Just for a minute, I’m going to take you back with me to typing class in 8th grade at Severn River Middle School. We sat in rows, typewriters in front of us. We did the drills. “A, A, A…S, S, S…D, D, D…” We typed this sentence over and over again: “The quick brown fox jumps over the lazy dog.” The whole room was filled with sound…the reverberations of clicking keys, the pounding of returning and advancing the page, the echoes of the teacher calling out what we should type. It was chaotic. It was fun. It was hands-on learning—just you smacking the keys of the typewriter.
What I didn’t realize was just how valuable those drills and assignments would be in the long run, and that what I learned in that classroom has come to be one of the most treasured skills I possess.
I think I knew I wanted to write from as early an age as 12 or 13. My friends and I wrote bad poetry to boys, we wrote letters to each other in class, and my friend Lee and I wrote some kind of crazy story about The Rolling Stones, our favorite band. I still have those pages in an old, dilapidated folder in my special box of writings.
That typing class has come in handy over the years. I was able to type my high school and college papers. The resume and cover letter that got me the job at the Baltimore Orioles that launched my career in sports was written on an electric typewriter with green ink. I typed other people’s papers. And now, I’ve written books.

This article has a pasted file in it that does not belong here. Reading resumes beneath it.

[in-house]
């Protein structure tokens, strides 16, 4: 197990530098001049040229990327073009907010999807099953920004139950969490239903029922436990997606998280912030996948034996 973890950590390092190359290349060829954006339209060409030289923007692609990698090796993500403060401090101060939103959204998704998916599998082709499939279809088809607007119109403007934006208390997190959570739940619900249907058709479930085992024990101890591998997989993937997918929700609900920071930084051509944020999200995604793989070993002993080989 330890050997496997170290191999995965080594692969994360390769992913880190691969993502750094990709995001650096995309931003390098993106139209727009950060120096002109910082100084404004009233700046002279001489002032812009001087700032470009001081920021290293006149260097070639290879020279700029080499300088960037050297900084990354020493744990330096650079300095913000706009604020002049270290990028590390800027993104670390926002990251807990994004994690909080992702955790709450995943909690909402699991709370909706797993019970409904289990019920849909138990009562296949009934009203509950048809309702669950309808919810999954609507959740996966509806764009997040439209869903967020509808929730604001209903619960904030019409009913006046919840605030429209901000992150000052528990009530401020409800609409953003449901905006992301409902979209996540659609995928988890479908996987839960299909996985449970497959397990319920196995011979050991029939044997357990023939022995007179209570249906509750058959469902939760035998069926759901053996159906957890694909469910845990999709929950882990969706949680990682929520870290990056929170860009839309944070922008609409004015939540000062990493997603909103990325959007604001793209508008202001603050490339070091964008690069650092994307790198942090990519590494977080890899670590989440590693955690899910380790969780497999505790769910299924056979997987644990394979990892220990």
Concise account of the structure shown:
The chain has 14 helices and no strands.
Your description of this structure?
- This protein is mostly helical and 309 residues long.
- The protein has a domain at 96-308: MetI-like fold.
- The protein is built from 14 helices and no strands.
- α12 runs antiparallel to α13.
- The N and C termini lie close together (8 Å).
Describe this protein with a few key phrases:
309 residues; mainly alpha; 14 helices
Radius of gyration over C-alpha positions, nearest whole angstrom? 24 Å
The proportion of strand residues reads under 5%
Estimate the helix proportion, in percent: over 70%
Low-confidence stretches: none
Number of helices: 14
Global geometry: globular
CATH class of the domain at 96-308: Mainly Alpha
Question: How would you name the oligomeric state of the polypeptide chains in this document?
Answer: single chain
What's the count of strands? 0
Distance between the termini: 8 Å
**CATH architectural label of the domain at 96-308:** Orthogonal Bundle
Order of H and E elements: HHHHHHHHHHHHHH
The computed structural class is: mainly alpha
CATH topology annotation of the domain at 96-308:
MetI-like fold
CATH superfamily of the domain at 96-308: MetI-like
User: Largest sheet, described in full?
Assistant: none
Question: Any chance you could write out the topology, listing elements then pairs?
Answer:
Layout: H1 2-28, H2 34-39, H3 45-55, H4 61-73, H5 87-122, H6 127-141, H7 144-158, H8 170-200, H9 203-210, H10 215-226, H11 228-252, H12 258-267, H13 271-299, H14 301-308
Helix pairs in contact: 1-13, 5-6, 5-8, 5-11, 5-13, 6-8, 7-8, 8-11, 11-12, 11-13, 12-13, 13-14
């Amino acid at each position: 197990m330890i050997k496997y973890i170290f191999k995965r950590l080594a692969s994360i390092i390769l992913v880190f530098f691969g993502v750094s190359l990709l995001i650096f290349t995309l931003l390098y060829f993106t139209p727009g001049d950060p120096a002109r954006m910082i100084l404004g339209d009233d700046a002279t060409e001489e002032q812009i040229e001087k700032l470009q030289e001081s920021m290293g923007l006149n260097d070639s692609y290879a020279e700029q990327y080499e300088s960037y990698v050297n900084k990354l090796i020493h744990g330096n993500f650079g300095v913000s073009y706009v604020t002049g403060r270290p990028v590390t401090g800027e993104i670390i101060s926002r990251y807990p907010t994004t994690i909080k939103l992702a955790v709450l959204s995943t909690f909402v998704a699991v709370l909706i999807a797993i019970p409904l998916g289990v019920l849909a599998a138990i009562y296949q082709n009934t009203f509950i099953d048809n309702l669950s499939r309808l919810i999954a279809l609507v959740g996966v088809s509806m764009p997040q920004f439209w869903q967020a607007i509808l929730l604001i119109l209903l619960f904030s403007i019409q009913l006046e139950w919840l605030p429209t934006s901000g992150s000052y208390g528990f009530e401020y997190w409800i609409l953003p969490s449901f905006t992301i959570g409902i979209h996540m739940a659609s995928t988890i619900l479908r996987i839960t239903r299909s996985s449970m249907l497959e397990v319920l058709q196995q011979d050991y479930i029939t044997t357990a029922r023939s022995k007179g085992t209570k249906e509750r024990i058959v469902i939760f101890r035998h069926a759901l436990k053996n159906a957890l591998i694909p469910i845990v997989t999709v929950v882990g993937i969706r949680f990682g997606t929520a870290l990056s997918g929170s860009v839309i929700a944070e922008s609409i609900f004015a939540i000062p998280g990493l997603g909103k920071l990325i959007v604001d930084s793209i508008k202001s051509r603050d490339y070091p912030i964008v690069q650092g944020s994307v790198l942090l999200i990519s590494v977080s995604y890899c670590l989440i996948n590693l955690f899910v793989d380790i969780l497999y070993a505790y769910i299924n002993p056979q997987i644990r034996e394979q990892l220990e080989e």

The skills I learned in typing class have stayed with me all through my life. As I sit here typing this blog post, I am so incredibly thankful for that typing class because it has allowed me to fulfill many of my dreams.
Last Sunday, my daughter and I ventured out to a local antiques store in Severna Park by the B&A Trail. We’ve wanted to duck in there for months and months, and we finally made the time for it. I was looking for something special when I saw it sitting there. I’ve never enjoyed spending $80 so much as I did for the old Royal typewriter pictured above that is still in working condition. I’ve wanted one for years as a remembrance…as an ode to typing, writing, and skills we should be thankful for; as a reminder of days gone by and the nostalgia of that 8th grade typing class and what was to follow; and as a call of duty to do the thing I enjoy more than anything in my spare time: writing.